Saturday, March 5, 2011

Spem in alium



I have never put my hope in any other but in You,
O God of Israel
who can show both anger
and graciousness,
and who absolves all the sins of suffering man
Lord God,
Creator of Heaven and Earth
be mindful of our lowliness
Spem in alium
Listening to this 40 voiced, 8 part motet this afternoon, with the sun briefly apparent, flooding the room, suspended in peace. It is one of my favourite pieces: voices melting one into the other, soaring upwards in supplication.
This afternoon I found myself pondering the words (adapted from the Book of Judith). 
I was reading 'Butcher's Broom', Neil M Gunn's novel of the Highland clearances. The first part describes a Highland community poised on the unknowing brink of disaster. It is a community that combines old traditional ways and the accepted imposition of a hard Calvinism. Here God is a supplicant of last resort and the imposition of a morality that cuts across more natural patterns of shared life: a God of anger or remote, capricious engagement. He could be the God of Tallis' motet.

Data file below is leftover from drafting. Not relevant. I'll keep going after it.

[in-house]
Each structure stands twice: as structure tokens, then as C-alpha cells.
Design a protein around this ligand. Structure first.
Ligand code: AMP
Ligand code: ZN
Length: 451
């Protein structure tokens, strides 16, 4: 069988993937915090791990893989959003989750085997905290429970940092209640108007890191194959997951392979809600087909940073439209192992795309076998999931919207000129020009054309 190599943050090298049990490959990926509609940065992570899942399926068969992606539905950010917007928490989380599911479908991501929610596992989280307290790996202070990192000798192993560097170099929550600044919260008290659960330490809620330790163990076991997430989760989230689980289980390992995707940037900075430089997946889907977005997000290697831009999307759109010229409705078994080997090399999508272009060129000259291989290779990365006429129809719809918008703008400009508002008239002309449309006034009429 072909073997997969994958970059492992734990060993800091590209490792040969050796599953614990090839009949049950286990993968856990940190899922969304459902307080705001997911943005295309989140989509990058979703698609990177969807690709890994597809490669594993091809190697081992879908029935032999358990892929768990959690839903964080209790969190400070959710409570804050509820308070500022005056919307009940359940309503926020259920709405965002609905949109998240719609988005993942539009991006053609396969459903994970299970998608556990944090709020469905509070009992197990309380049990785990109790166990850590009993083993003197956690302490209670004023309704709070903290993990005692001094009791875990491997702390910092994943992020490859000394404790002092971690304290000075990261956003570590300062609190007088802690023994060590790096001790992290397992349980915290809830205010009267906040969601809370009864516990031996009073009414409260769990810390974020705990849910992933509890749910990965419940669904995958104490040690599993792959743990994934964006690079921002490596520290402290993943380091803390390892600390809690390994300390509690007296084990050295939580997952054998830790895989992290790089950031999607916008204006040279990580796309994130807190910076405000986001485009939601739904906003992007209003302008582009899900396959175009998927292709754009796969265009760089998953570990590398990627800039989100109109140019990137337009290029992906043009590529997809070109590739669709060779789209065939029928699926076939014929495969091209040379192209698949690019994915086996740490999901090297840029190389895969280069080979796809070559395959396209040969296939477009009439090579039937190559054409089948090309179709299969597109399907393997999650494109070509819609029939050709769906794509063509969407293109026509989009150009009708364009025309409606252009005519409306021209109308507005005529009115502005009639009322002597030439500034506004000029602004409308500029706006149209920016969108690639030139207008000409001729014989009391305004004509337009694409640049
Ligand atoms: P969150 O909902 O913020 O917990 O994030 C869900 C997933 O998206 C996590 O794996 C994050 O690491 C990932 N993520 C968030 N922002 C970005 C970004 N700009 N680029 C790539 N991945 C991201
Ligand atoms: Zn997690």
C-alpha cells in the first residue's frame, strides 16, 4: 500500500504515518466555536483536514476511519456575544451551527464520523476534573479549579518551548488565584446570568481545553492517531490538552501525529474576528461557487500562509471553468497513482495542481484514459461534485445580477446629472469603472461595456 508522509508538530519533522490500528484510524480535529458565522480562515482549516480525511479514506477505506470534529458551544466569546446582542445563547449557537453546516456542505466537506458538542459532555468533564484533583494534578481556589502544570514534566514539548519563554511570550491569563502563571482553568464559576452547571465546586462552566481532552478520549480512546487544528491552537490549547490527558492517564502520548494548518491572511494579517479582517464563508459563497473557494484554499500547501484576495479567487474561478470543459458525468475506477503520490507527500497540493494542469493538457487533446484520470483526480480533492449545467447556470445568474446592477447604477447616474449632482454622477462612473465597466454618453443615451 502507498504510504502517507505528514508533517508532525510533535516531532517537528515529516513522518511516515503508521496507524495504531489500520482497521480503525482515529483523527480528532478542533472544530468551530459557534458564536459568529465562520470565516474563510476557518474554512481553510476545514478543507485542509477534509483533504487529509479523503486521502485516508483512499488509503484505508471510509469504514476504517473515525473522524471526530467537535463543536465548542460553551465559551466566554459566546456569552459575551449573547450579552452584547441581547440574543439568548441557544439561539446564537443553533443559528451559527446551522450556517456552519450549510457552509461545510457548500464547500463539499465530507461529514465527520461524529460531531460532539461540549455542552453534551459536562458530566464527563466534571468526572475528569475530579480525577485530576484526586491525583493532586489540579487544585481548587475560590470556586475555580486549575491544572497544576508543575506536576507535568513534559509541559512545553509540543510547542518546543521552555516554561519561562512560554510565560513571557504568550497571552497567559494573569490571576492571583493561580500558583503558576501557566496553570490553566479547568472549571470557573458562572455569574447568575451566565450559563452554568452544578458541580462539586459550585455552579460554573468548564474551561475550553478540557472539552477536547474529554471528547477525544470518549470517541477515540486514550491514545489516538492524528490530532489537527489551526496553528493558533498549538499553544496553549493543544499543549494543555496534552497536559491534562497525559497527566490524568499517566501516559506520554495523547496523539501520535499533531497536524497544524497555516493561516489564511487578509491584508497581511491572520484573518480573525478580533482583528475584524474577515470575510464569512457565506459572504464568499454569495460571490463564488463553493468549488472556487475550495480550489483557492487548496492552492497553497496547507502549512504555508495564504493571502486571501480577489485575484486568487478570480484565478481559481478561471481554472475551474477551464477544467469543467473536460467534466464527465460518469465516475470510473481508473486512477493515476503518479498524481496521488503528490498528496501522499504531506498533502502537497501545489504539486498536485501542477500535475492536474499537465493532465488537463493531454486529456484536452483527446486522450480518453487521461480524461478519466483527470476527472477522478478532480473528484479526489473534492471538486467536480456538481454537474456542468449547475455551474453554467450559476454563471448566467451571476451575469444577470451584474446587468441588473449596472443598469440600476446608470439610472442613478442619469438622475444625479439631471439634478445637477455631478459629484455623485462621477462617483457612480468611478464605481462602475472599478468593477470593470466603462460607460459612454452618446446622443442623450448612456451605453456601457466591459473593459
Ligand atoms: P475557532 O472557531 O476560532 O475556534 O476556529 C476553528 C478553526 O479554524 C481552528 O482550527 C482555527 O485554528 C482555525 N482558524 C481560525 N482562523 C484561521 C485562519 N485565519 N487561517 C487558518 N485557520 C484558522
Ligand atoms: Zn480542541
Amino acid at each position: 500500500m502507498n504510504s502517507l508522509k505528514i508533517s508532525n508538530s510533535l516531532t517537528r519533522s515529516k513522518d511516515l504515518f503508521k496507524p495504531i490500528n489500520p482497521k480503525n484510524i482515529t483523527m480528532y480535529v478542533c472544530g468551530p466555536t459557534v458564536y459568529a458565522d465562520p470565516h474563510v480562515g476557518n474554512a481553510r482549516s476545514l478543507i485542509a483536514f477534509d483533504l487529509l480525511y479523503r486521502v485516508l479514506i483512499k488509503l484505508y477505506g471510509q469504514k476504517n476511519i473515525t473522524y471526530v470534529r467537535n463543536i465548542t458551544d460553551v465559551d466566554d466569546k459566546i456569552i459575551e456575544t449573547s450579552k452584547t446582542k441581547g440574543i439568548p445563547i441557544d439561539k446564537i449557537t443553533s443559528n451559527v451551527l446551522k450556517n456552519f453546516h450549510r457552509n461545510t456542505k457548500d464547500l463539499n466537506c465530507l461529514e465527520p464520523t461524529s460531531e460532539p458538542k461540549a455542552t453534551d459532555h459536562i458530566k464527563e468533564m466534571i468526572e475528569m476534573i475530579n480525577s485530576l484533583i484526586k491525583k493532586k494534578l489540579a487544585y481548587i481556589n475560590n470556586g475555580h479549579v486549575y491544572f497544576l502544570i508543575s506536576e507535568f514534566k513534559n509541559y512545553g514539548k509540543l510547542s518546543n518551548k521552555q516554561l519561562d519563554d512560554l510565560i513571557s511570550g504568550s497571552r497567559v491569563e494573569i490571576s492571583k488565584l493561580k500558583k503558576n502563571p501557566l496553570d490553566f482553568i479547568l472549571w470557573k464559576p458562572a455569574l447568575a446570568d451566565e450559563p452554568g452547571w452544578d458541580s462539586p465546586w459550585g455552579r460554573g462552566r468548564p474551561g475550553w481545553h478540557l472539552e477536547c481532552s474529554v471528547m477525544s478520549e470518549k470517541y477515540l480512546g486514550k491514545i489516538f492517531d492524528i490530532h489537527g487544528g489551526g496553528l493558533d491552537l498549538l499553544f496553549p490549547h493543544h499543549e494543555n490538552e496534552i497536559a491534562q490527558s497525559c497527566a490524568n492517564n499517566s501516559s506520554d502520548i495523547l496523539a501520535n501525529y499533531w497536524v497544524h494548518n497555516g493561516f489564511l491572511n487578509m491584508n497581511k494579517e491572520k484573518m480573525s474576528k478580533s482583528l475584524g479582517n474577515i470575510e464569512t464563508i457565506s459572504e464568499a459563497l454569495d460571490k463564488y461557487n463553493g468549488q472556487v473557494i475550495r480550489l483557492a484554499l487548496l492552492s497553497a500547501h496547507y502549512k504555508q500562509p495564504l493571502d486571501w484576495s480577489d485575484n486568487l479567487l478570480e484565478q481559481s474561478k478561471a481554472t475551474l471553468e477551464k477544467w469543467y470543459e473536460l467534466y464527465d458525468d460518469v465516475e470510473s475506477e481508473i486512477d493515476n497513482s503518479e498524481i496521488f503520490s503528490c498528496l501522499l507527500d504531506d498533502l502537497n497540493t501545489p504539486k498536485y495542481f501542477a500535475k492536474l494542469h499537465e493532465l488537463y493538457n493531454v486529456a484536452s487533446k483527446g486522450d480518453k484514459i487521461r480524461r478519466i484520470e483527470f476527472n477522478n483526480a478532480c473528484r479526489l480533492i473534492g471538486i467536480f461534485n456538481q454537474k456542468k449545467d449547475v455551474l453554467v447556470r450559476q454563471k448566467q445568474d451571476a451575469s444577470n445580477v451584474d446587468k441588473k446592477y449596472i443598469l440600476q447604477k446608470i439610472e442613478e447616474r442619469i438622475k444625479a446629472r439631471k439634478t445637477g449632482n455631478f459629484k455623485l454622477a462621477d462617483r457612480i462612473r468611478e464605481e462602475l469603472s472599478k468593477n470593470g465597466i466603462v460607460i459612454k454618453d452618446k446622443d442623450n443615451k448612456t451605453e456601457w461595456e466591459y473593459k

But that would be too simple a charge. The word translated as 'anger' here is more usually given as 'wrath' and 'wrath' is an objective response to strip away all those conditions that distort our being (that make us miss the 'mark of our being', its full home, namely 'sin'): 'who absolves all the sins of suffering man'.
Like the wrathful deities in Buddhism that have purchase on our reality because they latch on our 'lowliness'  - all the ways we invest in not being our radiant selves - mark our lowliness, says the motet, yet absolve us, strip away all impediments.
This is not something, the music suggests, we do on our own. We step into the purging and transformation of God as a community. We cannot soar without other voices. That we are meant to soar, that the freedom of soaring is our freed nature, the music also gives, if you enter it, let it sing you.

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